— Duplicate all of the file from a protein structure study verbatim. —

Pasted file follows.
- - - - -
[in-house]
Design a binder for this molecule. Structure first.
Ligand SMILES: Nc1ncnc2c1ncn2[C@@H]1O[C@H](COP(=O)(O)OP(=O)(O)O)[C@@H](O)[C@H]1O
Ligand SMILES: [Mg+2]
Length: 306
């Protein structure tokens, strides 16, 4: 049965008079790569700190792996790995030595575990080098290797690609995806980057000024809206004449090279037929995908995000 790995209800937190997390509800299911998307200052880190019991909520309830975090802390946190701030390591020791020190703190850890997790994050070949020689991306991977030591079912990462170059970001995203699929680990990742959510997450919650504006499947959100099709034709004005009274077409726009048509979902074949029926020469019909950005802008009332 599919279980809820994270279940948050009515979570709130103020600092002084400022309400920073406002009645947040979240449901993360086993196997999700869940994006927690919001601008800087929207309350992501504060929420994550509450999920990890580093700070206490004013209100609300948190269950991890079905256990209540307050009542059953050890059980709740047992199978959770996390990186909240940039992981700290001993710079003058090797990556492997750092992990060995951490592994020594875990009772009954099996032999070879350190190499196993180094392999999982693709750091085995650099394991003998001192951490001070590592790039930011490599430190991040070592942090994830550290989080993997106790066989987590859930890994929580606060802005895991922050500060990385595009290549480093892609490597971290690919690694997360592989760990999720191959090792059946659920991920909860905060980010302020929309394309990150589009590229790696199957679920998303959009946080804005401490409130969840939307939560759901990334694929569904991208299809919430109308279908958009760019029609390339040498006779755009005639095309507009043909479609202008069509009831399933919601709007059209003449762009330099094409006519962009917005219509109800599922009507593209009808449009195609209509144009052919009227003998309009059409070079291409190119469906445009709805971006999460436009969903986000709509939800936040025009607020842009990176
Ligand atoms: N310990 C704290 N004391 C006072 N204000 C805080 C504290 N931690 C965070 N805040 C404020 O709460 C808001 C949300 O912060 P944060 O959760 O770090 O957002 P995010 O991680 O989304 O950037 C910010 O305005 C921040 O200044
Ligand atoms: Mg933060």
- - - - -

[in-house]
Design a binder for this molecule. Structure first.
Ligand SMILES: Nc1ncnc2c1ncn2[C@@H]1O[C@H](COP(=O)(O)OP(=O)(O)O)[C@@H](O)[C@H]1O
Ligand SMILES: [Mg+2]
Length: 306
């Protein structure tokens, strides 16, 4: 049965008079790569700190792996790995030595575990080098290797690609995806980057000024809206004449090279037929995908995000 790995209800937190997390509800299911998307200052880190019991909520309830975090802390946190701030390591020791020190703190850890997790994050070949020689991306991977030591079912990462170059970001995203699929680990990742959510997450919650504006499947959100099709034709004005009274077409726009048509979902074949029926020469019909950005802008009332 599919279980809820994270279940948050009515979570709130103020600092002084400022309400920073406002009645947040979240449901993360086993196997999700869940994006927690919001601008800087929207309350992501504060929420994550509450999920990890580093700070206490004013209100609300948190269950991890079905256990209540307050009542059953050890059980709740047992199978959770996390990186909240940039992981700290001993710079003058090797990556492997750092992990060995951490592994020594875990009772009954099996032999070879350190190499196993180094392999999982693709750091085995650099394991003998001192951490001070590592790039930011490599430190991040070592942090994830550290989080993997106790066989987590859930890994929580606060802005895991922050500060990385595009290549480093892609490597971290690919690694997360592989760990999720191959090792059946659920991920909860905060980010302020929309394309990150589009590229790696199957679920998303959009946080804005401490409130969840939307939560759901990334694929569904991208299809919430109308279908958009760019029609390339040498006779755009005639095309507009043909479609202008069509009831399933919601709007059209003449762009330099094409006519962009917005219509109800599922009507593209009808449009195609209509144009052919009227003998309009059409070079291409190119469906445009709805971006999460436009969903986000709509939800936040025009607020842009990176
Ligand atoms: N310990 C704290 N004391 C006072 N204000 C805080 C504290 N931690 C965070 N805040 C404020 O709460 C808001 C949300 O912060 P944060 O959760 O770090 O957002 P995010 O991680 O989304 O950037 C910010 O305005 C921040 O200044
Ligand atoms: Mg933060």